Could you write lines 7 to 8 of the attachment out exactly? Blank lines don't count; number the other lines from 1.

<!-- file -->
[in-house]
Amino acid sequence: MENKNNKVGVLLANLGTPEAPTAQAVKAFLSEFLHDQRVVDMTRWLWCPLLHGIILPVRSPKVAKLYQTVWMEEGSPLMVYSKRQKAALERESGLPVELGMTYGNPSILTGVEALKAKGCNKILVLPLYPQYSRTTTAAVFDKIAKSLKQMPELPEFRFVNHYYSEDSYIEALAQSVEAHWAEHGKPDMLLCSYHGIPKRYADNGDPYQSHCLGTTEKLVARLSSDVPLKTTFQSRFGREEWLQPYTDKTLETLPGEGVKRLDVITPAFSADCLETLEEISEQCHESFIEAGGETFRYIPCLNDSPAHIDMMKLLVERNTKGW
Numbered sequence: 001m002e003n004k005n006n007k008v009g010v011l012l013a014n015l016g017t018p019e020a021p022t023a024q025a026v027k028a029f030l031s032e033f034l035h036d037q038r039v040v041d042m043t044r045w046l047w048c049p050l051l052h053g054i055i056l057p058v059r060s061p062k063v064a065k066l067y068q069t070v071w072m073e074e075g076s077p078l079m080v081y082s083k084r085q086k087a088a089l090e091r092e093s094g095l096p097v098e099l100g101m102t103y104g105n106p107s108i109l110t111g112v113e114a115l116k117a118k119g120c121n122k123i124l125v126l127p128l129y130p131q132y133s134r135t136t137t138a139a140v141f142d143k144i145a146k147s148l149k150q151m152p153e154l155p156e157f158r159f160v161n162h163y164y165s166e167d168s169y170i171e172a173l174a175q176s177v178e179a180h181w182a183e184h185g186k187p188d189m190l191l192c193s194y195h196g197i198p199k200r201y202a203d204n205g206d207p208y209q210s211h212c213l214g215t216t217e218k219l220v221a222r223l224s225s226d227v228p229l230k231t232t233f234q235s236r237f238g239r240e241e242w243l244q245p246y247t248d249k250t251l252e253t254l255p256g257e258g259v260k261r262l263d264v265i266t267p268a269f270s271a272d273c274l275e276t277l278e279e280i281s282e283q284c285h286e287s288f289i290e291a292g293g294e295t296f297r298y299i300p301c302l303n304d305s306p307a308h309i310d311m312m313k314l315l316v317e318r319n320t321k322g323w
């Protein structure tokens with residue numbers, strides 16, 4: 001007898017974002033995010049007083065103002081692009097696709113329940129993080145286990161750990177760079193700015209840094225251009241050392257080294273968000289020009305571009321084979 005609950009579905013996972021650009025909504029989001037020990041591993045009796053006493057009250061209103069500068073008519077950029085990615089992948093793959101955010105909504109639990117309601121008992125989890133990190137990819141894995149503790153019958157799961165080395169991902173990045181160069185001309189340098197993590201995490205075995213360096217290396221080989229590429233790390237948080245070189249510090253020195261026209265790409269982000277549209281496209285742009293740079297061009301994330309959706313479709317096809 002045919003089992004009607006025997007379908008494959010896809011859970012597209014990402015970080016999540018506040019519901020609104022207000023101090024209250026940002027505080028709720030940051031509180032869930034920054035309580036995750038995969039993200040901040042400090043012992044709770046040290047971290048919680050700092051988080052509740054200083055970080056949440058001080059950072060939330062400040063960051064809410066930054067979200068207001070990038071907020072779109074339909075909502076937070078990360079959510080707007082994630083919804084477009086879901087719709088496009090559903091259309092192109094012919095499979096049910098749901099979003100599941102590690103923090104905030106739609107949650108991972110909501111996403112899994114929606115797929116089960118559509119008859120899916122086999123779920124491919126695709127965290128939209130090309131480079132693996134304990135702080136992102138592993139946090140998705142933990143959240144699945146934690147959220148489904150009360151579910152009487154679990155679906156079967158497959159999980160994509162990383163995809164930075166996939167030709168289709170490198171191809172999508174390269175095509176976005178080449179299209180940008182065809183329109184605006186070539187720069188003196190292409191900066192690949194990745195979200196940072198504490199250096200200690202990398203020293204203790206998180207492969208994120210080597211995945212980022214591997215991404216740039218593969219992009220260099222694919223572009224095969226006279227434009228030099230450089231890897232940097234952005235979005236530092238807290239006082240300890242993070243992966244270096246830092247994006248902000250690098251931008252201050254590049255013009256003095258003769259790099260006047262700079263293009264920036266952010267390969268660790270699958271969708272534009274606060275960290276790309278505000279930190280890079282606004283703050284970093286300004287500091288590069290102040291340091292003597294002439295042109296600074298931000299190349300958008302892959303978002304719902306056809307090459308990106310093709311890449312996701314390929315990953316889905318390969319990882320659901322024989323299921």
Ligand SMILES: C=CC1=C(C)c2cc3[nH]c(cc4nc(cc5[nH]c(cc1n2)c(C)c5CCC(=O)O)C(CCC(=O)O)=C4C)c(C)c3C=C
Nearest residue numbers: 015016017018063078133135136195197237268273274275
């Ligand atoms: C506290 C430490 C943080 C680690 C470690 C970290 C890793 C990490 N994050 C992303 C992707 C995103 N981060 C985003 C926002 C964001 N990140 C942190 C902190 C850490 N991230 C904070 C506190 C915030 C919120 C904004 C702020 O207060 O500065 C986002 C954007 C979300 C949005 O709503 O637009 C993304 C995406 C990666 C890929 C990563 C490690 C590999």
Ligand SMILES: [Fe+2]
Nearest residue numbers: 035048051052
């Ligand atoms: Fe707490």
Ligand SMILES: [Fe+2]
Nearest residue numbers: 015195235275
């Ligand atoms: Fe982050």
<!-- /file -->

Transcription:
């Ligand atoms: C506290 C430490 C943080 C680690 C470690 C970290 C890793 C990490 N994050 C992303 C992707 C995103 N981060 C985003 C926002 C964001 N990140 C942190 C902190 C850490 N991230 C904070 C506190 C915030 C919120 C904004 C702020 O207060 O500065 C986002 C954007 C979300 C949005 O709503 O637009 C993304 C995406 C990666 C890929 C990563 C490690 C590999």
Ligand SMILES: [Fe+2]